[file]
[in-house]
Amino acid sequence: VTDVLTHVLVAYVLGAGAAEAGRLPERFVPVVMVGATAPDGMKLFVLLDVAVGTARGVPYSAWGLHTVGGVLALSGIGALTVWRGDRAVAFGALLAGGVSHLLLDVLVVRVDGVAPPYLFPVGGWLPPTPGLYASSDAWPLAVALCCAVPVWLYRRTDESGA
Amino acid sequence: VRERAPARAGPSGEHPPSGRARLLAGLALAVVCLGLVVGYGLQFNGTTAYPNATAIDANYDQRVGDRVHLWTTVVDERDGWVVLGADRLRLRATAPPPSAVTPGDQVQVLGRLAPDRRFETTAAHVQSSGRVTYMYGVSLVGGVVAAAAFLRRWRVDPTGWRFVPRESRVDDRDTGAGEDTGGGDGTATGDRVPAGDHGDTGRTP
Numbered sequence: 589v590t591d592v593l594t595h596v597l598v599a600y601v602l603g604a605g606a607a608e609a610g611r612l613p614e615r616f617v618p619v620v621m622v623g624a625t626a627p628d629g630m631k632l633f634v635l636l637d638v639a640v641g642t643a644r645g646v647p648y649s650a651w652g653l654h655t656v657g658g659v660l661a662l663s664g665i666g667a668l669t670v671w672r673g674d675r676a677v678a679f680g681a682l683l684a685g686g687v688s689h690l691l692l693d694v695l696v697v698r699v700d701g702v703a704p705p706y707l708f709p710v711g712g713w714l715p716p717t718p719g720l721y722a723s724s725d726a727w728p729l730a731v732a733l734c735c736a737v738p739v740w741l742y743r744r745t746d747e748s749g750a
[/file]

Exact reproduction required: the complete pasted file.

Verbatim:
[in-house]
Amino acid sequence: VTDVLTHVLVAYVLGAGAAEAGRLPERFVPVVMVGATAPDGMKLFVLLDVAVGTARGVPYSAWGLHTVGGVLALSGIGALTVWRGDRAVAFGALLAGGVSHLLLDVLVVRVDGVAPPYLFPVGGWLPPTPGLYASSDAWPLAVALCCAVPVWLYRRTDESGA
Amino acid sequence: VRERAPARAGPSGEHPPSGRARLLAGLALAVVCLGLVVGYGLQFNGTTAYPNATAIDANYDQRVGDRVHLWTTVVDERDGWVVLGADRLRLRATAPPPSAVTPGDQVQVLGRLAPDRRFETTAAHVQSSGRVTYMYGVSLVGGVVAAAAFLRRWRVDPTGWRFVPRESRVDDRDTGAGEDTGGGDGTATGDRVPAGDHGDTGRTP
Numbered sequence: 589v590t591d592v593l594t595h596v597l598v599a600y601v602l603g604a605g606a607a608e609a610g611r612l613p614e615r616f617v618p619v620v621m622v623g624a625t626a627p628d629g630m631k632l633f634v635l636l637d638v639a640v641g642t643a644r645g646v647p648y649s650a651w652g653l654h655t656v657g658g659v660l661a662l663s664g665i666g667a668l669t670v671w672r673g674d675r676a677v678a679f680g681a682l683l684a685g686g687v688s689h690l691l692l693d694v695l696v697v698r699v700d701g702v703a704p705p706y707l708f709p710v711g712g713w714l715p716p717t718p719g720l721y722a723s724s725d726a727w728p729l730a731v732a733l734c735c736a737v738p739v740w741l742y743r744r745t746d747e748s749g750a